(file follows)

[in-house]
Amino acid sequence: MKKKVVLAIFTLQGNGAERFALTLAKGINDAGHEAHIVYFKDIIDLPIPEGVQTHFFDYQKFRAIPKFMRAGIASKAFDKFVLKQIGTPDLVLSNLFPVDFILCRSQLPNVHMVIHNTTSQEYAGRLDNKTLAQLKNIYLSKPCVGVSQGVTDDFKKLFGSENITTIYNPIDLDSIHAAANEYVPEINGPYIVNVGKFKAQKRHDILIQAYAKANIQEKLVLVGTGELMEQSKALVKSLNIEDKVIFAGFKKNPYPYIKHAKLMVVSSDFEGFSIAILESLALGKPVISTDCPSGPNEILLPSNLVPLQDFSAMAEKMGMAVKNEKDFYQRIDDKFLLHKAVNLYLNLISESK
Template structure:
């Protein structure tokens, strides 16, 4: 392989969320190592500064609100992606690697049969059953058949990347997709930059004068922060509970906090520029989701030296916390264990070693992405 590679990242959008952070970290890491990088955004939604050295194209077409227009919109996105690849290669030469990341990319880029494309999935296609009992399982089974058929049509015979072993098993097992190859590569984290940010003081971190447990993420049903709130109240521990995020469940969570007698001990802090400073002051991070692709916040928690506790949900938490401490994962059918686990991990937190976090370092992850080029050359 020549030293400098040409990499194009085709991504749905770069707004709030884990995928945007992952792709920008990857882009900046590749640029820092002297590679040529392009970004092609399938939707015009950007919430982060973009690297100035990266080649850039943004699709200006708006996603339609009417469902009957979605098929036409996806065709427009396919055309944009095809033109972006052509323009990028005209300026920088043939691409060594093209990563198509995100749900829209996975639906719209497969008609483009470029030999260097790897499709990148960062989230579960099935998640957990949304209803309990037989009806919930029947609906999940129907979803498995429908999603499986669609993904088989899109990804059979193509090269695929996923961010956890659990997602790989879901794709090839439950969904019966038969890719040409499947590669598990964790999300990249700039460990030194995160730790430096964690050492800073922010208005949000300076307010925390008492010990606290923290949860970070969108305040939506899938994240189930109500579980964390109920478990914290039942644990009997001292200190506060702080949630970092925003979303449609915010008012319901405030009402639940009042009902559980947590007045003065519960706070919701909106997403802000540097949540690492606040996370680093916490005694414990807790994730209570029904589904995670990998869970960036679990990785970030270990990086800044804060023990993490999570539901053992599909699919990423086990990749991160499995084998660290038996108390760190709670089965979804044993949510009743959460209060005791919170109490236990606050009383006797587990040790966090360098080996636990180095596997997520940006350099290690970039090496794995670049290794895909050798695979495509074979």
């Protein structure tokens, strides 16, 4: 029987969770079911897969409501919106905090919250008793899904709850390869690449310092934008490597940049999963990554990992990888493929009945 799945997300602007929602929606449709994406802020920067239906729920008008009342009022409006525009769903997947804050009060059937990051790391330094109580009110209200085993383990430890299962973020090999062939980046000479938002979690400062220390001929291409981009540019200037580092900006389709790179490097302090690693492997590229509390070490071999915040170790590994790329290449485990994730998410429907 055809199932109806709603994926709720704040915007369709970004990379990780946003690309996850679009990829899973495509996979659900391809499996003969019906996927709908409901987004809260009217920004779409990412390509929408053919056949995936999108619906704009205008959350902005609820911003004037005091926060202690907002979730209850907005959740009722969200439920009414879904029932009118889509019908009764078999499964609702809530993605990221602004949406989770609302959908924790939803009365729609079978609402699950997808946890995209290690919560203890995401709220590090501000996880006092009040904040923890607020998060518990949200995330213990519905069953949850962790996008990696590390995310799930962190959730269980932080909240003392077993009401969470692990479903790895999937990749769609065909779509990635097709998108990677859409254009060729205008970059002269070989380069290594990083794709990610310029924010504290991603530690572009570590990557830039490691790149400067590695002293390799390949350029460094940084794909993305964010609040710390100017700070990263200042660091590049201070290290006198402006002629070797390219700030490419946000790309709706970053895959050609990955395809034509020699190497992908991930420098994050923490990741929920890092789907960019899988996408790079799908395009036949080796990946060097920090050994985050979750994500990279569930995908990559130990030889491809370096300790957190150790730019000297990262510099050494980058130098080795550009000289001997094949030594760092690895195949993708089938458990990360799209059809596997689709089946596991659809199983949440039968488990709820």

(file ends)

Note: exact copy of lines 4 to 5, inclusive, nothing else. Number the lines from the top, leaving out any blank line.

């Protein structure tokens, strides 16, 4: 392989969320190592500064609100992606690697049969059953058949990347997709930059004068922060509970906090520029989701030296916390264990070693992405 590679990242959008952070970290890491990088955004939604050295194209077409227009919109996105690849290669030469990341990319880029494309999935296609009992399982089974058929049509015979072993098993097992190859590569984290940010003081971190447990993420049903709130109240521990995020469940969570007698001990802090400073002051991070692709916040928690506790949900938490401490994962059918686990991990937190976090370092992850080029050359 020549030293400098040409990499194009085709991504749905770069707004709030884990995928945007992952792709920008990857882009900046590749640029820092002297590679040529392009970004092609399938939707015009950007919430982060973009690297100035990266080649850039943004699709200006708006996603339609009417469902009957979605098929036409996806065709427009396919055309944009095809033109972006052509323009990028005209300026920088043939691409060594093209990563198509995100749900829209996975639906719209497969008609483009470029030999260097790897499709990148960062989230579960099935998640957990949304209803309990037989009806919930029947609906999940129907979803498995429908999603499986669609993904088989899109990804059979193509090269695929996923961010956890659990997602790989879901794709090839439950969904019966038969890719040409499947590669598990964790999300990249700039460990030194995160730790430096964690050492800073922010208005949000300076307010925390008492010990606290923290949860970070969108305040939506899938994240189930109500579980964390109920478990914290039942644990009997001292200190506060702080949630970092925003979303449609915010008012319901405030009402639940009042009902559980947590007045003065519960706070919701909106997403802000540097949540690492606040996370680093916490005694414990807790994730209570029904589904995670990998869970960036679990990785970030270990990086800044804060023990993490999570539901053992599909699919990423086990990749991160499995084998660290038996108390760190709670089965979804044993949510009743959460209060005791919170109490236990606050009383006797587990040790966090360098080996636990180095596997997520940006350099290690970039090496794995670049290794895909050798695979495509074979």
């Protein structure tokens, strides 16, 4: 029987969770079911897969409501919106905090919250008793899904709850390869690449310092934008490597940049999963990554990992990888493929009945 799945997300602007929602929606449709994406802020920067239906729920008008009342009022409006525009769903997947804050009060059937990051790391330094109580009110209200085993383990430890299962973020090999062939980046000479938002979690400062220390001929291409981009540019200037580092900006389709790179490097302090690693492997590229509390070490071999915040170790590994790329290449485990994730998410429907 055809199932109806709603994926709720704040915007369709970004990379990780946003690309996850679009990829899973495509996979659900391809499996003969019906996927709908409901987004809260009217920004779409990412390509929408053919056949995936999108619906704009205008959350902005609820911003004037005091926060202690907002979730209850907005959740009722969200439920009414879904029932009118889509019908009764078999499964609702809530993605990221602004949406989770609302959908924790939803009365729609079978609402699950997808946890995209290690919560203890995401709220590090501000996880006092009040904040923890607020998060518990949200995330213990519905069953949850962790996008990696590390995310799930962190959730269980932080909240003392077993009401969470692990479903790895999937990749769609065909779509990635097709998108990677859409254009060729205008970059002269070989380069290594990083794709990610310029924010504290991603530690572009570590990557830039490691790149400067590695002293390799390949350029460094940084794909993305964010609040710390100017700070990263200042660091590049201070290290006198402006002629070797390219700030490419946000790309709706970053895959050609990955395809034509020699190497992908991930420098994050923490990741929920890092789907960019899988996408790079799908395009036949080796990946060097920090050994985050979750994500990279569930995908990559130990030889491809370096300790957190150790730019000297990262510099050494980058130098080795550009000289001997094949030594760092690895195949993708089938458990990360799209059809596997689709089946596991659809199983949440039968488990709820």